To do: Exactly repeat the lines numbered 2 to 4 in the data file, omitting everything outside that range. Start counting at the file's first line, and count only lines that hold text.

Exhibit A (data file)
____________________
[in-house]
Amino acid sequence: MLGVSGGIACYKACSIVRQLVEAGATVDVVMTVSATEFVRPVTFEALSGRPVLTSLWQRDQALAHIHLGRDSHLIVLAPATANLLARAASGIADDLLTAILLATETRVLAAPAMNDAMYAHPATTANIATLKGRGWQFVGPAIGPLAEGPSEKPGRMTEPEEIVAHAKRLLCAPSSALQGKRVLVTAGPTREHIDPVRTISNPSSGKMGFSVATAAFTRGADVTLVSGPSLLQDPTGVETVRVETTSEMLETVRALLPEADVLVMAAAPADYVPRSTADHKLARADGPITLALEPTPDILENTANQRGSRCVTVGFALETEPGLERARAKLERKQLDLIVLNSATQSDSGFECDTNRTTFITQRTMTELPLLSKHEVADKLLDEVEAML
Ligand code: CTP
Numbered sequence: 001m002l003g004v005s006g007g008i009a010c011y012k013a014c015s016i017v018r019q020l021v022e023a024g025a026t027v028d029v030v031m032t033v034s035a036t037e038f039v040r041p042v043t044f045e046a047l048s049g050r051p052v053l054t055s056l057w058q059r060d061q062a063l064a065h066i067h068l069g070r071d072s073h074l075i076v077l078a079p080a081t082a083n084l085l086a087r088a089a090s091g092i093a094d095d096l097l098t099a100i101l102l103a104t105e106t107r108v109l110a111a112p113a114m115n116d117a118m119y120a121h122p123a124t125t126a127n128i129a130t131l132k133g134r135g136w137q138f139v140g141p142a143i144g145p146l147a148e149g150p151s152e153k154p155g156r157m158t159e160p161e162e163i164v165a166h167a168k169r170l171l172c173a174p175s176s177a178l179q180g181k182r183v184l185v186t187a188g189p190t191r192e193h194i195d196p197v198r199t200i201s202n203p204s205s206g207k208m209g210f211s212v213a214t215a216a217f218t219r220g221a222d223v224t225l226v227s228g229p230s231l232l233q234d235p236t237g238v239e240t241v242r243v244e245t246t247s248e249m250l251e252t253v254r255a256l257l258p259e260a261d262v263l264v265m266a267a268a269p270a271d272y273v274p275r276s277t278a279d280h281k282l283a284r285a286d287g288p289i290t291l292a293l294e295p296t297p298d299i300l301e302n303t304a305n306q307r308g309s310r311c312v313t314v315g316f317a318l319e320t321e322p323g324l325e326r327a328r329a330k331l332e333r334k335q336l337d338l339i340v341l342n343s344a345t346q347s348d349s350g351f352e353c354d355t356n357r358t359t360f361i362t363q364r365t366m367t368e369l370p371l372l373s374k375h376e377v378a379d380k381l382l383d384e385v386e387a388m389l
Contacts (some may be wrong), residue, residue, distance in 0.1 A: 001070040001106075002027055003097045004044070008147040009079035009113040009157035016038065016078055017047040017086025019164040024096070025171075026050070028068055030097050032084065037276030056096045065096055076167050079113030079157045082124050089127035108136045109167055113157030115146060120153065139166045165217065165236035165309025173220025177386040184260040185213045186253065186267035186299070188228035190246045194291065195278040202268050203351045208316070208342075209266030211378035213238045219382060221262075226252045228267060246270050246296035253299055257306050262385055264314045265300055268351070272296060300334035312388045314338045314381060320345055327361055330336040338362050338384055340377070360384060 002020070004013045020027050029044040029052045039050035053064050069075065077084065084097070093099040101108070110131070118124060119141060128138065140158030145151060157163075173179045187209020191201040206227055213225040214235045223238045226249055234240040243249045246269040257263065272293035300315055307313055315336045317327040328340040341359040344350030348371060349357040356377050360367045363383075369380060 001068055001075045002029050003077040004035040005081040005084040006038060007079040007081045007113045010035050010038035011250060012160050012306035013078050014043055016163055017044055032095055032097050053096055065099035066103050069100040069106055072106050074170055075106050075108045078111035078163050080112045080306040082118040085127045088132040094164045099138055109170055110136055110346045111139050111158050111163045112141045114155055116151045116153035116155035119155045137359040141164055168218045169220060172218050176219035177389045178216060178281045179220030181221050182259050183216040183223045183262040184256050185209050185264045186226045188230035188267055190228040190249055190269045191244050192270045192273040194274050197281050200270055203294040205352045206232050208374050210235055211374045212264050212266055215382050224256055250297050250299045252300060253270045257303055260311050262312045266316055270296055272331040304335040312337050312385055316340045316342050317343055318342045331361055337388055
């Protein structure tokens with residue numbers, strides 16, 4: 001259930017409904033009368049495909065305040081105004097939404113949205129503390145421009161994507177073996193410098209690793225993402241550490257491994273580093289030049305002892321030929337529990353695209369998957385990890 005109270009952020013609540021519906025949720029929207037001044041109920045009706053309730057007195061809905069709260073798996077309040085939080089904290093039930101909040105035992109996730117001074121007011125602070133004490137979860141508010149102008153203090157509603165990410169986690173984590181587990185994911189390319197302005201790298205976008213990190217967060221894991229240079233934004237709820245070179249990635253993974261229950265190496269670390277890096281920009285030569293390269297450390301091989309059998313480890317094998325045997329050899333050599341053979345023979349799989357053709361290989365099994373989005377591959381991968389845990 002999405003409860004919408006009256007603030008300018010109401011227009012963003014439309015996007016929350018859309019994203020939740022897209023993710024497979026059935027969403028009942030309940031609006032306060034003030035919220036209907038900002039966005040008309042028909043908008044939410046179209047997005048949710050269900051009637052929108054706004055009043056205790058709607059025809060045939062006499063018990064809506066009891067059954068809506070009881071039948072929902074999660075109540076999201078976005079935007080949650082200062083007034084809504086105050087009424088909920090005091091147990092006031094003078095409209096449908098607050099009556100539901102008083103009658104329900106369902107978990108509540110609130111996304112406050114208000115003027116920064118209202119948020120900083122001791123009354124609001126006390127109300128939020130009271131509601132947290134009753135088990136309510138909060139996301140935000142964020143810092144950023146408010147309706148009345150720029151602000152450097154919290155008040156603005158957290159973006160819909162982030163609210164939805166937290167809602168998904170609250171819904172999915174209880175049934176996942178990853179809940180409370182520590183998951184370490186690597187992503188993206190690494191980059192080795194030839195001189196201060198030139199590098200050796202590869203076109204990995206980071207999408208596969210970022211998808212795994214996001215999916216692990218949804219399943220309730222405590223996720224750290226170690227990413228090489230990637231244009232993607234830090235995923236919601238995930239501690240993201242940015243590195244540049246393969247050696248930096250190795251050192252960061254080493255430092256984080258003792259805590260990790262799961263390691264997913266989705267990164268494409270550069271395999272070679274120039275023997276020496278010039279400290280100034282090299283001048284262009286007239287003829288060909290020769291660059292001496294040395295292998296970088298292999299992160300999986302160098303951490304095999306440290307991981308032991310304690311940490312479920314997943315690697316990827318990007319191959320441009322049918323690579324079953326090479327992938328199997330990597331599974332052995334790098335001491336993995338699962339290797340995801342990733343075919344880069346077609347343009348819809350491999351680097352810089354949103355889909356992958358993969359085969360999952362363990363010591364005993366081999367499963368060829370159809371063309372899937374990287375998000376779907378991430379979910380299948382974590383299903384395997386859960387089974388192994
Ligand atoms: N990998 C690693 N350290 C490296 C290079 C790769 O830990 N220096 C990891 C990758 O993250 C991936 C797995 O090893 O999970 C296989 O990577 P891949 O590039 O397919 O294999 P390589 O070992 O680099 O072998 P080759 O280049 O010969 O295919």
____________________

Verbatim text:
Amino acid sequence: MLGVSGGIACYKACSIVRQLVEAGATVDVVMTVSATEFVRPVTFEALSGRPVLTSLWQRDQALAHIHLGRDSHLIVLAPATANLLARAASGIADDLLTAILLATETRVLAAPAMNDAMYAHPATTANIATLKGRGWQFVGPAIGPLAEGPSEKPGRMTEPEEIVAHAKRLLCAPSSALQGKRVLVTAGPTREHIDPVRTISNPSSGKMGFSVATAAFTRGADVTLVSGPSLLQDPTGVETVRVETTSEMLETVRALLPEADVLVMAAAPADYVPRSTADHKLARADGPITLALEPTPDILENTANQRGSRCVTVGFALETEPGLERARAKLERKQLDLIVLNSATQSDSGFECDTNRTTFITQRTMTELPLLSKHEVADKLLDEVEAML
Ligand code: CTP
Numbered sequence: 001m002l003g004v005s006g007g008i009a010c011y012k013a014c015s016i017v018r019q020l021v022e023a024g025a026t027v028d029v030v031m032t033v034s035a036t037e038f039v040r041p042v043t044f045e046a047l048s049g050r051p052v053l054t055s056l057w058q059r060d061q062a063l064a065h066i067h068l069g070r071d072s073h074l075i076v077l078a079p080a081t082a083n084l085l086a087r088a089a090s091g092i093a094d095d096l097l098t099a100i101l102l103a104t105e106t107r108v109l110a111a112p113a114m115n116d117a118m119y120a121h122p123a124t125t126a127n128i129a130t131l132k133g134r135g136w137q138f139v140g141p142a143i144g145p146l147a148e149g150p151s152e153k154p155g156r157m158t159e160p161e162e163i164v165a166h167a168k169r170l171l172c173a174p175s176s177a178l179q180g181k182r183v184l185v186t187a188g189p190t191r192e193h194i195d196p197v198r199t200i201s202n203p204s205s206g207k208m209g210f211s212v213a214t215a216a217f218t219r220g221a222d223v224t225l226v227s228g229p230s231l232l233q234d235p236t237g238v239e240t241v242r243v244e245t246t247s248e249m250l251e252t253v254r255a256l257l258p259e260a261d262v263l264v265m266a267a268a269p270a271d272y273v274p275r276s277t278a279d280h281k282l283a284r285a286d287g288p289i290t291l292a293l294e295p296t297p298d299i300l301e302n303t304a305n306q307r308g309s310r311c312v313t314v315g316f317a318l319e320t321e322p323g324l325e326r327a328r329a330k331l332e333r334k335q336l337d338l339i340v341l342n343s344a345t346q347s348d349s350g351f352e353c354d355t356n357r358t359t360f361i362t363q364r365t366m367t368e369l370p371l372l373s374k375h376e377v378a379d380k381l382l383d384e385v386e387a388m389l